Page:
This article explores the criteria for franchising a business suitability.
Franchising and licensing are very successful ways of growing and improving a business, as proven by many household names in New Zealand (e.g. Columbus Coffee, Green Acres, Harcourts and Fastway Couriers), and globally (e.g. McDonald’s, Coca-Cola and Snap-on Tools).
All are looking to grow a valuable business by harnessing the many advantages franchising or licensing can bring, for example:
- Access to capital from external owners
- More motivated unit managers in the form of franchisees / licensee owners
- Bulk purchasing and group marketing
In New Zealand alone, there are now more than 400 different franchise brands and 20,000 franchisees across a range of different industries.
Yet franchising and licensing are not suited to every business. Indeed, not all are successful. Therefore, it is very important to determine whether franchising and licensing is suited to your particular business and your ownership structure. Accordingly, there are many valuable aspects to think about when considering for your own business.
Criteria for franchising a business
There are many useful areas to consider when assessing your readiness for contemplating franchising or licensing. In my view, the following six are important examples:
- Profitability. Unit-level operations, whether they be location or van-based, need to be sufficiently profitable to provide a solid return on investment.
- Proven over time. A business should have two or more years in operation, ideally more. Several outlets are an advantage – and prove adaptability. No franchisee or licensee should be a guinea pig.
- An appealing concept. It helps to have an attractive business concept many others would like to operate.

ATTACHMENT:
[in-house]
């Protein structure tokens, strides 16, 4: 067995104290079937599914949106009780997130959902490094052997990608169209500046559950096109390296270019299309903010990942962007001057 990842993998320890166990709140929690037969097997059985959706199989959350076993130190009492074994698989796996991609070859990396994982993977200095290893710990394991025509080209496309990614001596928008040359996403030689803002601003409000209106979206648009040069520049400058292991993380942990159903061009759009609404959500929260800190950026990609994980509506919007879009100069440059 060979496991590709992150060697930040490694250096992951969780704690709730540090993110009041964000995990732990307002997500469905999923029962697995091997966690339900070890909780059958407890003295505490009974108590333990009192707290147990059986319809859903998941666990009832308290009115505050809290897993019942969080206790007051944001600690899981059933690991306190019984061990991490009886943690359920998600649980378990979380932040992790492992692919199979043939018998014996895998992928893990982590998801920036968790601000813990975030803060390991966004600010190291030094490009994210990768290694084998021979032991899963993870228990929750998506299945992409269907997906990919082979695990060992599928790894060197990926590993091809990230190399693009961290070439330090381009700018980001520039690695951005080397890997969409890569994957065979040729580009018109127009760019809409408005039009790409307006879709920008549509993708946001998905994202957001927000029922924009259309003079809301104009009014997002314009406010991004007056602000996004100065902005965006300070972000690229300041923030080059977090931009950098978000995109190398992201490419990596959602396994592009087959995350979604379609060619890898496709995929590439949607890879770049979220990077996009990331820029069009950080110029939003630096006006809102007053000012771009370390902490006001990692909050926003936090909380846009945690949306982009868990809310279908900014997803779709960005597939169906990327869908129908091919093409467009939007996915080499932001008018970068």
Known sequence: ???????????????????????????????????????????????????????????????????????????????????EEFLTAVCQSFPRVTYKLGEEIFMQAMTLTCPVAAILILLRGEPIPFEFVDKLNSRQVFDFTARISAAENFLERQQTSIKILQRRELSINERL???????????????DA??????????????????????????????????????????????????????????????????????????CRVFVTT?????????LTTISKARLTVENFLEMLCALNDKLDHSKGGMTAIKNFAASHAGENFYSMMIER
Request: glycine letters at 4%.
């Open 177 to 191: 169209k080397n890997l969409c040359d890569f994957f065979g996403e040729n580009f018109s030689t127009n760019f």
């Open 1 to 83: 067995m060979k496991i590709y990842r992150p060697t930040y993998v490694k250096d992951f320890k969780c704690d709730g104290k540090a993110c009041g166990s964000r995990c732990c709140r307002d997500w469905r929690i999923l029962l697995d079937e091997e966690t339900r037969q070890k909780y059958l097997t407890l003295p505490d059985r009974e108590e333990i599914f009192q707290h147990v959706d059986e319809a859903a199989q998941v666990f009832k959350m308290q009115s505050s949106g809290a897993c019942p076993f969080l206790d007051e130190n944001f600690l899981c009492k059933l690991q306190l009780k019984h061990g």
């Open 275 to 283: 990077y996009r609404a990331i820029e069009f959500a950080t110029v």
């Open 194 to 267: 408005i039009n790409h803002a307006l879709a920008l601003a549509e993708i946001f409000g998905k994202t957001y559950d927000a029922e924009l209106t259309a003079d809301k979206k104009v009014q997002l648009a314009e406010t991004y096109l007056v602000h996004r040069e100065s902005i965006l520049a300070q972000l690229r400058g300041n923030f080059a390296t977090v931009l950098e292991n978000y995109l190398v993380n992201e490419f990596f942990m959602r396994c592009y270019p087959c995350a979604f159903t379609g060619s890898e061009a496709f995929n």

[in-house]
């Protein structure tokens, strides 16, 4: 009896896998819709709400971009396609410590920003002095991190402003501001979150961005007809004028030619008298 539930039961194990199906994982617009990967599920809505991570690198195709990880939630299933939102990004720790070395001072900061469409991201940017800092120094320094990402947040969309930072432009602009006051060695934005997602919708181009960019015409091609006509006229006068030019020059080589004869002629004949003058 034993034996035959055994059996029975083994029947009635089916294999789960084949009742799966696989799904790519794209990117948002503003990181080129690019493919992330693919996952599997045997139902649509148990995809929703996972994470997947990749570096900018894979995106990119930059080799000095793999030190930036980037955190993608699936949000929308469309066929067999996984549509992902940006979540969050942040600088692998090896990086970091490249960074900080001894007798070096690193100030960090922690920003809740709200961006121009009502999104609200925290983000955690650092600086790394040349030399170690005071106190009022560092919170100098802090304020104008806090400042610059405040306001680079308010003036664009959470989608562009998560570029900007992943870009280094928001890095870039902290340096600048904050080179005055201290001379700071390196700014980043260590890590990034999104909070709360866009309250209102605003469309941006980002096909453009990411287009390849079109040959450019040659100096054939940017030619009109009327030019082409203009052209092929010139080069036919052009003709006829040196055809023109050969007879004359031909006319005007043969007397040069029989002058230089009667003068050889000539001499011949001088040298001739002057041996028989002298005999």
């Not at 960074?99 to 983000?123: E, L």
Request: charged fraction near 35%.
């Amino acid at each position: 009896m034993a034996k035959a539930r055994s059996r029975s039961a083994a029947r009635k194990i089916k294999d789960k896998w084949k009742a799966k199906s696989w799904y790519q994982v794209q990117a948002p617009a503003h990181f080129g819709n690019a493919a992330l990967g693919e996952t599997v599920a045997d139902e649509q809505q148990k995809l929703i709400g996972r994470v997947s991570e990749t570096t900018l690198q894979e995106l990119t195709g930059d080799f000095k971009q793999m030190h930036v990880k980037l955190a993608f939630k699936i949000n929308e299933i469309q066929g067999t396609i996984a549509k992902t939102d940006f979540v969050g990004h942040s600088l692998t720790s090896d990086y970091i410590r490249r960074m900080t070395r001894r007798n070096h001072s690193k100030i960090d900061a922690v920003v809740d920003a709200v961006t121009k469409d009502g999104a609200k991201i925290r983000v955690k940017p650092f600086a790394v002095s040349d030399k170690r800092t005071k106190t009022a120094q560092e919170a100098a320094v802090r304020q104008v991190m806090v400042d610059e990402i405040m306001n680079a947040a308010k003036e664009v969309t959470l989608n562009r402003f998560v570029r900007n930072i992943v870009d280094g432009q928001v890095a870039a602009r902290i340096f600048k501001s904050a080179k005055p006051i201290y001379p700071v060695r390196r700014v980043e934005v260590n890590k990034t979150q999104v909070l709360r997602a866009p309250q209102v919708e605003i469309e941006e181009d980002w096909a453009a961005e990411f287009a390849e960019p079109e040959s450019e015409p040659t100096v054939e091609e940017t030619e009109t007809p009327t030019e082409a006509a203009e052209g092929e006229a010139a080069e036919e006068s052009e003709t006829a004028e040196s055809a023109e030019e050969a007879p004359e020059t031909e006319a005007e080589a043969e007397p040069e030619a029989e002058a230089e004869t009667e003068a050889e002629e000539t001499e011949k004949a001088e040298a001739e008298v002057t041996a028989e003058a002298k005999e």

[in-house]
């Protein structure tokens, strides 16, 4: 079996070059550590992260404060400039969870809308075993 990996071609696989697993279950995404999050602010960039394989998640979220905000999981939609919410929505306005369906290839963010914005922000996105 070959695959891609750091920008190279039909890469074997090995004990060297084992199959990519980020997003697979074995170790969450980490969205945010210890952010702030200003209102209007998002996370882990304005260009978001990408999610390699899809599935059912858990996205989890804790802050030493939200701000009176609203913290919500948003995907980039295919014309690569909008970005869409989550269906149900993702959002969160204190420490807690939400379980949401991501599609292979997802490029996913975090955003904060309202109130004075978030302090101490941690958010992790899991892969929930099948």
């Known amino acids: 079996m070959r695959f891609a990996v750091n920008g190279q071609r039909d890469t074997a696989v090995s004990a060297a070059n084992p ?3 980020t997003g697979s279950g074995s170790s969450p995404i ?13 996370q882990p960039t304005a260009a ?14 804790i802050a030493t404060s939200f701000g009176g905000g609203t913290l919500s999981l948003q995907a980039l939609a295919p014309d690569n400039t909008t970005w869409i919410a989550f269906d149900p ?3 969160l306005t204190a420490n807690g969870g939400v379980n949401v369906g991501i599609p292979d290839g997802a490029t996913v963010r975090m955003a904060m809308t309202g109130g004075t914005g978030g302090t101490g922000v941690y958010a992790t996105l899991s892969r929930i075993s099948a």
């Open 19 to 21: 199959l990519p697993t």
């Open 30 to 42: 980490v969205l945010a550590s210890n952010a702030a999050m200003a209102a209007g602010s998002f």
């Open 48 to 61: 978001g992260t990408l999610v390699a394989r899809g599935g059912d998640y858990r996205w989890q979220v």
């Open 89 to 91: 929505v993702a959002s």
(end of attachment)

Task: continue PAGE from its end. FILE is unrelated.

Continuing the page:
- Intellectual property. The business needs to own or access Intellectual Property. Ideally much IP will be unique and valuable (e.g. exclusive products, brands and/or systems etc.) providing differentiation and competitive advantage.
- Initial capital. Developing a proper franchising or licensing programme requires upfront capital. The amount depends on the situation.
- Leadership and management. The following are all important facets – strong vision, ability to delegate, sales & marketing skills, relationship building, management, strategic thinking, and, good planning.
- Commitment to good franchising /licensing. Successful franchising / licensing requires a commitment to being a good franchisor / licensor, and achieving great results through first supporting franchisee / licensee success.
There are other aspects to consider as well. And, of course, developing a franchising or licensing programme first requires a detailed assessment, and then development.
Franchising and licensing both offer established businesses exciting possibilities. However their appropriateness and implementation needs to be considered and approached carefully, and in the right order.